Frank: Abolish Fannie and Freddie
posted at 1:36 pm on August 18, 2010 by Ed Morrissey
Call it the New Modesty. Barney Frank suddenly can’t understand why government should push home ownership, nor why government should be involved in mortgages at all. In an interview with Neil Cavuto on Fox Business, Frank called not just for the liquidation of Fannie Mae and Freddie Mac, but also for curtailing federal government interest in home ownership:
Fannie Mae and Freddie Mac should be abolished rather than reformed as part of the Obama administration’s planned overhaul of the government’s role in housing finance, Rep. Barney Frank, chairman of the House Financial Services committee, said on Tuesday.
“They should be abolished,” Frank said in an interview on Fox Business, when asked whether the mortgage giants should be elements in housing market reform. “They only question is what do you put in their place,” Frank said.
The Federal Housing Administration should be fully self-financing and Freddie and Fannie should be replaced with a new mechanism to help subsidize housing, Frank said in the interview.
“There is no more hybrid private-public,” the Massachusetts Democrat suggested. “If we want to subsidize housing then we could do it upfront and let the budget be clear about that.”
Why does Frank see the need to stop federal home-ownership initiatives?
“There were people in this society who for economic and, frankly, social reasons can’t and shouldn’t be homeowners,” Frank said. “I think we should, particularly, stop this assumption that you put everybody into homeownership.”
That’s certainly the lesson from the collapse of the housing bubble and the secondary derivative markets. It’s also a sea change for Frank. While he nearly dislocates his shoulder attempting to pat his own back by claiming that he has said this all along, it’s simply not true. Frank, in his role on the House Financial Services Committee, played a huge part in creating and maintaining the government intervention that severely distorted the lending markets. Whether or not he ever uttered a comment along the way about overdoing home ownership, Frank’s actions helped to create and maintain those policies, and he defended them repeatedly over the last twelve years.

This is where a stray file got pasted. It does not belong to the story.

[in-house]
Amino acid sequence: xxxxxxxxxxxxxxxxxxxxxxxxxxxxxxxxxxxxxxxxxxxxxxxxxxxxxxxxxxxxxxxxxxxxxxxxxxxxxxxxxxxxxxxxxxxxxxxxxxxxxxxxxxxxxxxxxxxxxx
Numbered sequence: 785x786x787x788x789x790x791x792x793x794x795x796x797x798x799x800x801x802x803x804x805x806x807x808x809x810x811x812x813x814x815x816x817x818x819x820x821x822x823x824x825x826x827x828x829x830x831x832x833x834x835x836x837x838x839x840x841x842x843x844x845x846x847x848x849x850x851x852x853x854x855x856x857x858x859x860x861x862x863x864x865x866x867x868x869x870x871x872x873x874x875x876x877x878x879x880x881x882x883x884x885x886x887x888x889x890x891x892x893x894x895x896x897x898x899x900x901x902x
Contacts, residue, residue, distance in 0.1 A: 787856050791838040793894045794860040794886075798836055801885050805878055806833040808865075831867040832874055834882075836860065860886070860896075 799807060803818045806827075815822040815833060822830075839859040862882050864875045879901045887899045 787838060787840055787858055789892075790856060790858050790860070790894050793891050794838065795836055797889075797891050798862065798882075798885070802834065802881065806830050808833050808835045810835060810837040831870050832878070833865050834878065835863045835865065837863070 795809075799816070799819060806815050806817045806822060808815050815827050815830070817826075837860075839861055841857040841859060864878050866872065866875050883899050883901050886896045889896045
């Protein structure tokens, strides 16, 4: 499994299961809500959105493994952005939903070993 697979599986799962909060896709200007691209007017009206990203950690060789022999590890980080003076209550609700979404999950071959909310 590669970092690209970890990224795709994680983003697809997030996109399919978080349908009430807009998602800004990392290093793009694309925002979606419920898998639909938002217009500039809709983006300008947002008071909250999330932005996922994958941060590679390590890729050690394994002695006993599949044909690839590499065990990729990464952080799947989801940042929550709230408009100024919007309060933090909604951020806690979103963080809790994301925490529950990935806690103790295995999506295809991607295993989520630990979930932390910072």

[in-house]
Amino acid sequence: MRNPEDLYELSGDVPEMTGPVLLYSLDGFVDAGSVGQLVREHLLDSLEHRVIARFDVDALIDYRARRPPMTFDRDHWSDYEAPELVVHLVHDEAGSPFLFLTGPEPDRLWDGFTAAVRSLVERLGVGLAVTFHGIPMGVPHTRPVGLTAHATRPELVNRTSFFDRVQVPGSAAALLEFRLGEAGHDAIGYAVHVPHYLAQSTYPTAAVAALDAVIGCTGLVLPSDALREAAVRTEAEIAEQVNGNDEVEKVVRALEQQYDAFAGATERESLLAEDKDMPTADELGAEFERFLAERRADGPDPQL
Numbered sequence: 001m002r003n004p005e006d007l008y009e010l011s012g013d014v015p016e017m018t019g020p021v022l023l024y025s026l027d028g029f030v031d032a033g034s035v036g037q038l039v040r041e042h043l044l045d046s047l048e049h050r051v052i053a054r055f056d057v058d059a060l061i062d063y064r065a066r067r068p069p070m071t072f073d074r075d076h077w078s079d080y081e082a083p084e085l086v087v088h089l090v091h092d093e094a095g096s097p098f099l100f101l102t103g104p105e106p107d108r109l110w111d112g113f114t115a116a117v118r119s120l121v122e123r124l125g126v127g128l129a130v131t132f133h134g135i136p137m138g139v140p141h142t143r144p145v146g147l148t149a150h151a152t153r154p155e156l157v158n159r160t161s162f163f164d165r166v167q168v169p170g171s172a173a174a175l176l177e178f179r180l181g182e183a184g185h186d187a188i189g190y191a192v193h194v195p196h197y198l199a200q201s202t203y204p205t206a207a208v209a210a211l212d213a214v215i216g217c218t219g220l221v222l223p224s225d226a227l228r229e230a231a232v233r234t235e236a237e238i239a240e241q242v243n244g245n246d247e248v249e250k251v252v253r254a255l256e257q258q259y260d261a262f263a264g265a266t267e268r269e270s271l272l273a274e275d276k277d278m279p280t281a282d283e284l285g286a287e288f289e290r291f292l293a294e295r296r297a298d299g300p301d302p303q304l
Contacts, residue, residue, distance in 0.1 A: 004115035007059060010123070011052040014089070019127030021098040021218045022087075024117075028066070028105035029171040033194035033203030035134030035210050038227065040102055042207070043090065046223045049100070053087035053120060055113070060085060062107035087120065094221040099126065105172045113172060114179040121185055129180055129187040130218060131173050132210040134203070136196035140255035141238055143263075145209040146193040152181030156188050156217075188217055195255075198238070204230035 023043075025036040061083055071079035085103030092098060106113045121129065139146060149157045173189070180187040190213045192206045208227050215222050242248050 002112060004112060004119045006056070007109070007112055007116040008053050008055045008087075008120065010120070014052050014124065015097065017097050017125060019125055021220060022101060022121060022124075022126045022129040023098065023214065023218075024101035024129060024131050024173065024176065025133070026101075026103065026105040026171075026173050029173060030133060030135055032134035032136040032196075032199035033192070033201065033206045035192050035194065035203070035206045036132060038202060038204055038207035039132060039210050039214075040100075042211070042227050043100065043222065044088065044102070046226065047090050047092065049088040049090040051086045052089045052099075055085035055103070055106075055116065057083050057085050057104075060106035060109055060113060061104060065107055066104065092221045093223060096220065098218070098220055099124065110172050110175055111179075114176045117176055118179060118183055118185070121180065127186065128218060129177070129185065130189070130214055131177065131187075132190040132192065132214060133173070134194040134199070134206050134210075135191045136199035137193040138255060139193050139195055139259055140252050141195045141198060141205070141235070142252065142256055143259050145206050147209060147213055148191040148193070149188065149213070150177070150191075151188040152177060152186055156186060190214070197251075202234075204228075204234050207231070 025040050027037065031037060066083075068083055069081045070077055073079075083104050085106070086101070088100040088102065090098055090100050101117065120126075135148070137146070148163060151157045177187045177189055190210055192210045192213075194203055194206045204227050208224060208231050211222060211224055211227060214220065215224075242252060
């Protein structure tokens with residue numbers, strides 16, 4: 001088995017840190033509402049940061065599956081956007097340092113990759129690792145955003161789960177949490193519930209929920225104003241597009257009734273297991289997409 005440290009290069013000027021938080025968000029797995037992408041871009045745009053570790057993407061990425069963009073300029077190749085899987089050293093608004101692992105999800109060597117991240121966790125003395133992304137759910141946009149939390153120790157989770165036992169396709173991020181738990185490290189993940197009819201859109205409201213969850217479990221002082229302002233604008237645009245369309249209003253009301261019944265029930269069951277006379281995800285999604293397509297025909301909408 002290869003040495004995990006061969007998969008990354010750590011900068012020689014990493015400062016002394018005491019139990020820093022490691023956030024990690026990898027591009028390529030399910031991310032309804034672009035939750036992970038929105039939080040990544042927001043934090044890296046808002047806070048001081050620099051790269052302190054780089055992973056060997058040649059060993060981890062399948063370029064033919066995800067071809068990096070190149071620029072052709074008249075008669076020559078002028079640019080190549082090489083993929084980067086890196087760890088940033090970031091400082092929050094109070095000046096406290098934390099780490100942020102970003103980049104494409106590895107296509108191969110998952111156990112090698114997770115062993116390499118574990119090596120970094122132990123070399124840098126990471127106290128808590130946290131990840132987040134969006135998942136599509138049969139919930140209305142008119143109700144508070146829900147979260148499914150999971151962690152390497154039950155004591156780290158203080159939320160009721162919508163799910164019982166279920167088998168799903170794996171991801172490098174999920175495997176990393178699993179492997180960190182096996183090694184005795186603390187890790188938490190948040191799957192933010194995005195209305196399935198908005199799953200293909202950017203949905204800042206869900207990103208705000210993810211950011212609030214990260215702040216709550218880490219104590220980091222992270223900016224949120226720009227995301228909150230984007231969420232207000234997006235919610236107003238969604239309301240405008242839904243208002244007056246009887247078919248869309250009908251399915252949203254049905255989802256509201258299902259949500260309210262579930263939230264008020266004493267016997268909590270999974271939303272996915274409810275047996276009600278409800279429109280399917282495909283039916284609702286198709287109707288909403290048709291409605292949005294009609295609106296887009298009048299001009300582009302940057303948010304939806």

However, the New Modesty isn’t a reference to Frank’s self-promotion, but the way that the adherence to the free market seems to have gained traction over the last few months. Just last year, Frank and his allies were busily claiming that the free market caused the collapse, and that only government intervention could restore American prosperity. Eighteen months into the Obama administration, Frank now wants to sound like a born-again acolyte of Adam Smith, or at least as close as Frank can approximate such a pose. Modesty in government is suddenly hot, even among Massachusetts liberals.
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